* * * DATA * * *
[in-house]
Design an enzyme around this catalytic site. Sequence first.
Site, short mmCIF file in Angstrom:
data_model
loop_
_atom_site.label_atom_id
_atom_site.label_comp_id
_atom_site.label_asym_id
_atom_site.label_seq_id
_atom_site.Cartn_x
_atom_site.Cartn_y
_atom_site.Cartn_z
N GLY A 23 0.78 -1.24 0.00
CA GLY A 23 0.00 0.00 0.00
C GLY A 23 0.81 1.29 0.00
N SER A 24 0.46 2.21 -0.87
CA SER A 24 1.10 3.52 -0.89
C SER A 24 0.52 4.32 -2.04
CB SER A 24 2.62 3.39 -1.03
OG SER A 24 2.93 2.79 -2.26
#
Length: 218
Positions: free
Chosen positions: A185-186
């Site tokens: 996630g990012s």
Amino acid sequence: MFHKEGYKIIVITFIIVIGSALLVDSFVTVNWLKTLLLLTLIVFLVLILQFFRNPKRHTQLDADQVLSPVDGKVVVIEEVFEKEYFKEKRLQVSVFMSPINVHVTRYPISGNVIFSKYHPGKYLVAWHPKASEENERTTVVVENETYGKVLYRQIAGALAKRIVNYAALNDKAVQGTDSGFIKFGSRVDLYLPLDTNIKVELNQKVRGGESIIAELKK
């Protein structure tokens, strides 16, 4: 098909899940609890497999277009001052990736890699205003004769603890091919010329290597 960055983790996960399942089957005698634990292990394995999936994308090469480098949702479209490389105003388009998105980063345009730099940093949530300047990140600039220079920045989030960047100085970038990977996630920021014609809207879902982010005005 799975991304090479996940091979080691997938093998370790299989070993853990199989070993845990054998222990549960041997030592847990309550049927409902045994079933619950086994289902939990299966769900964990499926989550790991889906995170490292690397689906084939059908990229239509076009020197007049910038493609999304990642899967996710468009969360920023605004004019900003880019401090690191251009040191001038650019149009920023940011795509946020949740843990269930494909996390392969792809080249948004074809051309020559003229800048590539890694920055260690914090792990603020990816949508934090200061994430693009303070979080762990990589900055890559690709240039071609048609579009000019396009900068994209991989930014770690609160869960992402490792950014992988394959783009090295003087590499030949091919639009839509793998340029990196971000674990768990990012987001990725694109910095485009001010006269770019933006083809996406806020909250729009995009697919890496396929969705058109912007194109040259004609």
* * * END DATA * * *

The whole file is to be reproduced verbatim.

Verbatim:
[in-house]
Design an enzyme around this catalytic site. Sequence first.
Site, short mmCIF file in Angstrom:
data_model
loop_
_atom_site.label_atom_id
_atom_site.label_comp_id
_atom_site.label_asym_id
_atom_site.label_seq_id
_atom_site.Cartn_x
_atom_site.Cartn_y
_atom_site.Cartn_z
N GLY A 23 0.78 -1.24 0.00
CA GLY A 23 0.00 0.00 0.00
C GLY A 23 0.81 1.29 0.00
N SER A 24 0.46 2.21 -0.87
CA SER A 24 1.10 3.52 -0.89
C SER A 24 0.52 4.32 -2.04
CB SER A 24 2.62 3.39 -1.03
OG SER A 24 2.93 2.79 -2.26
#
Length: 218
Positions: free
Chosen positions: A185-186
């Site tokens: 996630g990012s």
Amino acid sequence: MFHKEGYKIIVITFIIVIGSALLVDSFVTVNWLKTLLLLTLIVFLVLILQFFRNPKRHTQLDADQVLSPVDGKVVVIEEVFEKEYFKEKRLQVSVFMSPINVHVTRYPISGNVIFSKYHPGKYLVAWHPKASEENERTTVVVENETYGKVLYRQIAGALAKRIVNYAALNDKAVQGTDSGFIKFGSRVDLYLPLDTNIKVELNQKVRGGESIIAELKK
């Protein structure tokens, strides 16, 4: 098909899940609890497999277009001052990736890699205003004769603890091919010329290597 960055983790996960399942089957005698634990292990394995999936994308090469480098949702479209490389105003388009998105980063345009730099940093949530300047990140600039220079920045989030960047100085970038990977996630920021014609809207879902982010005005 799975991304090479996940091979080691997938093998370790299989070993853990199989070993845990054998222990549960041997030592847990309550049927409902045994079933619950086994289902939990299966769900964990499926989550790991889906995170490292690397689906084939059908990229239509076009020197007049910038493609999304990642899967996710468009969360920023605004004019900003880019401090690191251009040191001038650019149009920023940011795509946020949740843990269930494909996390392969792809080249948004074809051309020559003229800048590539890694920055260690914090792990603020990816949508934090200061994430693009303070979080762990990589900055890559690709240039071609048609579009000019396009900068994209991989930014770690609160869960992402490792950014992988394959783009090295003087590499030949091919639009839509793998340029990196971000674990768990990012987001990725694109910095485009001010006269770019933006083809996406806020909250729009995009697919890496396929969705058109912007194109040259004609």